I’ve always loved the parade, especially the procession of antique cars and the marching bands. The parade always feels like Montclair’s perfect slice of American pie, transporting my family to someplace like Iowa – as if that state was somehow more American than New Jersey. The kids, of course, enjoyed catching candy tossed from the floats and spraying party string at the firetrucks. But this year, my son, 16, was working and my daughter, 14, was disinterested.
So, no parade.I busied myself with household chores all morning then tried to coax the daughter to join me for the softball game in Edgemont Park. Hanna plays on two travel teams, but on this day she had no interest in sharing the diamond with her dad. I grabbed my glove, hopped on my bike, and headed to the park without her.
Now I was being transported to a different place and time, not Iowa, but Queens, 40-plus years ago, when a kid could ride his bike any weekend to Alley Pond Park and find a pick-up baseball game. There were no parents, no batting helmets, no umpires, and often no pitcher or right fielder. We learned how to make do with what we had. The ball was usually misshapen and covered with tape.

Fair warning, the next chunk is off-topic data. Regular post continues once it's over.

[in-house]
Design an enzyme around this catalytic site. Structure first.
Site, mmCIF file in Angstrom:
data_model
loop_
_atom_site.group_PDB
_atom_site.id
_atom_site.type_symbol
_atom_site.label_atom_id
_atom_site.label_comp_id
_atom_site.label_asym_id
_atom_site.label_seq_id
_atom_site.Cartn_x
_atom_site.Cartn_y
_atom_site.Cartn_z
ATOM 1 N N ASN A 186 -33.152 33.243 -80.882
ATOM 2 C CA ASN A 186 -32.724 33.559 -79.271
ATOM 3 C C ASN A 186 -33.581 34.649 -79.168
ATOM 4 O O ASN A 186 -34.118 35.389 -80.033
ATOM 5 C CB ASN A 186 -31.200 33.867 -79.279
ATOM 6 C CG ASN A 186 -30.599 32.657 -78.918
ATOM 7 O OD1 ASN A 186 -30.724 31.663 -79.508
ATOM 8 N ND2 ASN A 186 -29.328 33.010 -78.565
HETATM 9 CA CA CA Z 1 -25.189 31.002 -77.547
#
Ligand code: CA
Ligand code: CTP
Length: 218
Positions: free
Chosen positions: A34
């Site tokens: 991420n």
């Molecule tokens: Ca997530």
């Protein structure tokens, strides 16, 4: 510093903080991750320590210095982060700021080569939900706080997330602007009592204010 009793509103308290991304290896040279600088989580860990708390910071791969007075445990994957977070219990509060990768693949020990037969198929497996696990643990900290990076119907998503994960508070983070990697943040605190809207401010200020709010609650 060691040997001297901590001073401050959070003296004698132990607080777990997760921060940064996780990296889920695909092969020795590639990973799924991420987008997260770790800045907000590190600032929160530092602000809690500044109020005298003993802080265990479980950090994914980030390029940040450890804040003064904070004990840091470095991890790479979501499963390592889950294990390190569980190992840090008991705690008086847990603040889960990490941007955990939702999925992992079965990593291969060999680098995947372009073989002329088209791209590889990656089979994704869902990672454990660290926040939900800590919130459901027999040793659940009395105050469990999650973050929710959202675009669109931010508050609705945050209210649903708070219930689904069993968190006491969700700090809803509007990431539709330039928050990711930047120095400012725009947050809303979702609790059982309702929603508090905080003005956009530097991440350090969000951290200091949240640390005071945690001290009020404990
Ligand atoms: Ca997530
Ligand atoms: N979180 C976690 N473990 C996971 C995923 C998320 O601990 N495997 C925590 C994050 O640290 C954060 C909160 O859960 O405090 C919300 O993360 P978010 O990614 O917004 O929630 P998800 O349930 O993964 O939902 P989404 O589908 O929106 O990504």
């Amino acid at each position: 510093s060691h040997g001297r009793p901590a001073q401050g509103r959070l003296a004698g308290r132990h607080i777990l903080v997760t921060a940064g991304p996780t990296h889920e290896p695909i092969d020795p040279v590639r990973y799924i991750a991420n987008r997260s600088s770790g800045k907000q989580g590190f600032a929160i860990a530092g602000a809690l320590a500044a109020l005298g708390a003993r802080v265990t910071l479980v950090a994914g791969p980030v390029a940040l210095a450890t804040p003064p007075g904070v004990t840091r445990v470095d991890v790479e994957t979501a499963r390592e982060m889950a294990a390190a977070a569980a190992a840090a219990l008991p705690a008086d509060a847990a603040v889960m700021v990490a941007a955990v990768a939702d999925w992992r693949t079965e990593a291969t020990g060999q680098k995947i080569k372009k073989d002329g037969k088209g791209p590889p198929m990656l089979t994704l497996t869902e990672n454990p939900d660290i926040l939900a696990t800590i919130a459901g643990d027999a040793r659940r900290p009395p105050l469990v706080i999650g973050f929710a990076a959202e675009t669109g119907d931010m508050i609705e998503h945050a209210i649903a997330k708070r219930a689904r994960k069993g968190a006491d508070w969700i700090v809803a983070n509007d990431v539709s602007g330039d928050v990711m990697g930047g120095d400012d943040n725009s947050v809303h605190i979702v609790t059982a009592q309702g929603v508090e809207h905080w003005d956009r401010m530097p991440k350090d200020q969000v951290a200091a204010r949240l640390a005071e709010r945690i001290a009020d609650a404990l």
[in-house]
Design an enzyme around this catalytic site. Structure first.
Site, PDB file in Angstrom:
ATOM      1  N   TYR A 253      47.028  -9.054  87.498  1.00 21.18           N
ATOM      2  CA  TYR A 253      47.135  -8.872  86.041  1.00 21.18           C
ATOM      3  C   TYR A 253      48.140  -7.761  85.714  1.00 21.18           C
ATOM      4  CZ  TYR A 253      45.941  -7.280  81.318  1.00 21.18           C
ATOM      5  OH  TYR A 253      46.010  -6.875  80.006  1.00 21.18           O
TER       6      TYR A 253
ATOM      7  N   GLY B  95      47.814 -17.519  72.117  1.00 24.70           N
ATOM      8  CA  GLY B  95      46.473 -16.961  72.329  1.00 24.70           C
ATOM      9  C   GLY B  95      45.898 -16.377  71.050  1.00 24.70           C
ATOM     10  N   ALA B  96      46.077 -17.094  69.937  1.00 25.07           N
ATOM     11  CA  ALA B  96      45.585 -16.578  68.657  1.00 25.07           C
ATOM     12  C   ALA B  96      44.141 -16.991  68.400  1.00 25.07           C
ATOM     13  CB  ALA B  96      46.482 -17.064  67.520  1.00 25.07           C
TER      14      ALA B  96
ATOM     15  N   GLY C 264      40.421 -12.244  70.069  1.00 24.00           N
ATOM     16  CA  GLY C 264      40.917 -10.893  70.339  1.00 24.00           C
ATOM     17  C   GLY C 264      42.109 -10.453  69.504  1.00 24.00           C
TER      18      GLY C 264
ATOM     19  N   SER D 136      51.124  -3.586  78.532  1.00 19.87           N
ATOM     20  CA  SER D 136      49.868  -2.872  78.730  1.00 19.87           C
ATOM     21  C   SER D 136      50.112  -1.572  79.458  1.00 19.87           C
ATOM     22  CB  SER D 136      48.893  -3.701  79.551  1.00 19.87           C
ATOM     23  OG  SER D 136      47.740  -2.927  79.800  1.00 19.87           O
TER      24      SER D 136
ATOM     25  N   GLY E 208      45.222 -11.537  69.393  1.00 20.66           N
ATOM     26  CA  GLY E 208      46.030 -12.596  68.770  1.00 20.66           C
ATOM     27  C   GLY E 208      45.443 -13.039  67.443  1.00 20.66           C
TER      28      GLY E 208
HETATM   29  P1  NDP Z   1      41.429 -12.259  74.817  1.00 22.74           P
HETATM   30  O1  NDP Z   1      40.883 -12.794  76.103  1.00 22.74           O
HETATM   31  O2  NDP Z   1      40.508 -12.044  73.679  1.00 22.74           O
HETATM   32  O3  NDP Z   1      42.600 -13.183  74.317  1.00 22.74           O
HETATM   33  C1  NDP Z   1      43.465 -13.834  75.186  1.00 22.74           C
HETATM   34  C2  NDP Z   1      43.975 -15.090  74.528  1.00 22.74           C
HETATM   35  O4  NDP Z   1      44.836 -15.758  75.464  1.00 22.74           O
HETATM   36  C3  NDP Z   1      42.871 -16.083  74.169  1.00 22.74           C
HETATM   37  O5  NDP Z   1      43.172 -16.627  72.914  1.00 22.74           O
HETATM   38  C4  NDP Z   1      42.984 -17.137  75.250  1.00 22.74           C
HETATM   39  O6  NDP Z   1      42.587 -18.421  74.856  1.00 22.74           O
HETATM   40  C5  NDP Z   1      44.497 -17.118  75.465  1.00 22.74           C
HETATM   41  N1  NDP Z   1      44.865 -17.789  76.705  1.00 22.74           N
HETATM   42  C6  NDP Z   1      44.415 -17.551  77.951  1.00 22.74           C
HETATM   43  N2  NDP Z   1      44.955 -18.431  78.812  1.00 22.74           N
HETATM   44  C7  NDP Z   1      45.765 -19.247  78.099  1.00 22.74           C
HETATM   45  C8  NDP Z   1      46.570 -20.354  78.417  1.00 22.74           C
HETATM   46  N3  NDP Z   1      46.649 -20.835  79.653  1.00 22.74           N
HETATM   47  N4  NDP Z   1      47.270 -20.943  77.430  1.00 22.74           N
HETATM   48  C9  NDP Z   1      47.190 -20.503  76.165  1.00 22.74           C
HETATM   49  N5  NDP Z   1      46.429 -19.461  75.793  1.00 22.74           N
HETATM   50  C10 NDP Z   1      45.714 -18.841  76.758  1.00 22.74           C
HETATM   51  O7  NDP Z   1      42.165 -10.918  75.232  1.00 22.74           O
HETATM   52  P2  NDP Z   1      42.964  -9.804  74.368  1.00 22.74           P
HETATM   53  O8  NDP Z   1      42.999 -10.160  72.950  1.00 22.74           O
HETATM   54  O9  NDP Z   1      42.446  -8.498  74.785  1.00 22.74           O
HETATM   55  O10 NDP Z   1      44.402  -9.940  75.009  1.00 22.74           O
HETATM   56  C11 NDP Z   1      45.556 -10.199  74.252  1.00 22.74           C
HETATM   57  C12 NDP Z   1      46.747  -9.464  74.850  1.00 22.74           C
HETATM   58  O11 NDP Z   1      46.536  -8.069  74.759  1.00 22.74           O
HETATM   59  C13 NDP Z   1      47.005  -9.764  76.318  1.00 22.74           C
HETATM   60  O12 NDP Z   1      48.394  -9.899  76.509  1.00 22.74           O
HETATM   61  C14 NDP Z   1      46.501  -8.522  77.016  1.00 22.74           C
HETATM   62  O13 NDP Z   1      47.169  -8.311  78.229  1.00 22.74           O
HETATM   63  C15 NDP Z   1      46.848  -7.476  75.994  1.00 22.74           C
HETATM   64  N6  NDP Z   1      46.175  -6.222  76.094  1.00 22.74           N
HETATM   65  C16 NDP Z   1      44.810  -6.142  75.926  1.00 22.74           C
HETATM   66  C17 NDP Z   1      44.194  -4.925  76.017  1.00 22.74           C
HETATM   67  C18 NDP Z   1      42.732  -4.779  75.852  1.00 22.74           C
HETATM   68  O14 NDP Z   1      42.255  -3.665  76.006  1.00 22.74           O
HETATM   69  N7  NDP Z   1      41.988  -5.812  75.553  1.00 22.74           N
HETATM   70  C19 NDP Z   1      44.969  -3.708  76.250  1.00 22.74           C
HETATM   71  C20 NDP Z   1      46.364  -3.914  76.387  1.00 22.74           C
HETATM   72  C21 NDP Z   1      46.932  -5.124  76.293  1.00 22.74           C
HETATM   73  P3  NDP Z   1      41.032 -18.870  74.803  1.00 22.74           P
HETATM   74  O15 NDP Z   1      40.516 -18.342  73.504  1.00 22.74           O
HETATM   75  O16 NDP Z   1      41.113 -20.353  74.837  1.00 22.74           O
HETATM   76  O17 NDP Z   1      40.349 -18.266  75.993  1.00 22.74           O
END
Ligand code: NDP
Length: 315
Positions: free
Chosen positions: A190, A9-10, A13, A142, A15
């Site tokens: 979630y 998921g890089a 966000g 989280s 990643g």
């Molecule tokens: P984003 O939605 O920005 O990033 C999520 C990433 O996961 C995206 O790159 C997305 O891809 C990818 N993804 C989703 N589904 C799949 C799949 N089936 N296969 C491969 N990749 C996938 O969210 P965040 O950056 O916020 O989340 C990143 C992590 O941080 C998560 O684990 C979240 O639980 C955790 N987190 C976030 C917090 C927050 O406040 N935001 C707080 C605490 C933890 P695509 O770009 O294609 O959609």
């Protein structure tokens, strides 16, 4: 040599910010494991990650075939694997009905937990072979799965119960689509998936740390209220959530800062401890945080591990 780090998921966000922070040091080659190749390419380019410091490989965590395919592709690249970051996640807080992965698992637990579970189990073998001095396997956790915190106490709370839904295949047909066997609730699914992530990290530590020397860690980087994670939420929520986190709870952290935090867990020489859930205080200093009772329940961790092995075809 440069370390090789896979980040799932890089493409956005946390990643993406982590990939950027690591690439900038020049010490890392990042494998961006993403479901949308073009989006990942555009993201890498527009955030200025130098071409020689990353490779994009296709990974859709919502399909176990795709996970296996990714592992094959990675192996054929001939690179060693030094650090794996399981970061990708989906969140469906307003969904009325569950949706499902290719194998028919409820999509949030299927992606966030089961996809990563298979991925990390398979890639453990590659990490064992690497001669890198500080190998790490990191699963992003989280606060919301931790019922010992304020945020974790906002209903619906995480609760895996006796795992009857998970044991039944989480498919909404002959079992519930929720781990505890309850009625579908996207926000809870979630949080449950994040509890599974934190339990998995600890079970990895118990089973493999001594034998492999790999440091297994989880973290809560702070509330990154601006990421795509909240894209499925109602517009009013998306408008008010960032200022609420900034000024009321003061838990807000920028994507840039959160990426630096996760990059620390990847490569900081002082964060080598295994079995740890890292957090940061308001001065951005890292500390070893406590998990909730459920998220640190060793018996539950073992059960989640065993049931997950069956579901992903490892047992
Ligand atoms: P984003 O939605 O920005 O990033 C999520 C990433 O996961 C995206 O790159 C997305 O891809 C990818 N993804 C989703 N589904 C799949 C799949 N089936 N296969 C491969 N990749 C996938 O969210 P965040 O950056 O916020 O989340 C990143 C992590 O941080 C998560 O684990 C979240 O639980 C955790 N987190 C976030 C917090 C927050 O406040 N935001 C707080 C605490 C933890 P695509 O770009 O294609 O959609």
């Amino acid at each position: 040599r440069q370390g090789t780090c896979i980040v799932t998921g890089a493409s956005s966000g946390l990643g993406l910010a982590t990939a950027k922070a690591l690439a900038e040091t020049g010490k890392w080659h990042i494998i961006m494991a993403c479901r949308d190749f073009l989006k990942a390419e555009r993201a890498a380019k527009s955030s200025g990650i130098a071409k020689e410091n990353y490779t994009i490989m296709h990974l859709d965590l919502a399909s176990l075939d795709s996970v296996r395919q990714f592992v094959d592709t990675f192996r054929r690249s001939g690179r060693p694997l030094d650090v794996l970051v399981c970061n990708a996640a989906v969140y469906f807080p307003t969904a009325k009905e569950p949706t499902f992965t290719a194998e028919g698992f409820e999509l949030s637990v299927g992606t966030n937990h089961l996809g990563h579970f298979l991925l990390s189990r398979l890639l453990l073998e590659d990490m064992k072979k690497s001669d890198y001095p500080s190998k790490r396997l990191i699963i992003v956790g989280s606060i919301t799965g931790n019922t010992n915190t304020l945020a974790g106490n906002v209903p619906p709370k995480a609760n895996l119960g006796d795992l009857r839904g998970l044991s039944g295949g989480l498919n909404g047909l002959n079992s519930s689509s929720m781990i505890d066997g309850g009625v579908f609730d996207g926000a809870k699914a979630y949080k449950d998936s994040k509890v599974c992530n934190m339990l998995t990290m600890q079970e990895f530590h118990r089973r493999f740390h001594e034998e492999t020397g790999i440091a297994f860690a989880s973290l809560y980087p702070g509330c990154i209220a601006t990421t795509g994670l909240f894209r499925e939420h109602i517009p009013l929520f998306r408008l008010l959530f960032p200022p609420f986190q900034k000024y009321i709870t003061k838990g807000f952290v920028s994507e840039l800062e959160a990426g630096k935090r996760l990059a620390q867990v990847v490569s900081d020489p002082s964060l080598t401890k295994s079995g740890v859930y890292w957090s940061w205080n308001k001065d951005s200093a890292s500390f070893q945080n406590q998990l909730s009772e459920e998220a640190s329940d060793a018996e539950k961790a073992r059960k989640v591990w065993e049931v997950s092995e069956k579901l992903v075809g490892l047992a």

On this Independence Day, I was that kid again, looking for a softball game in Edgemont Park. We played four innings. The girls won, as usual, and Jack the Jackal (mascot of the minor league Jersey Jackals) even showed up from the post-parade activities to cheer us on.
For the record: I flied out to right, was safe on an error, and tore up my left shin stealing third base. But better than that, for those few hours, I lost about 40 years. Just a kid from Queens, out on his bike, playing pick-up baseball. What could be more American than that?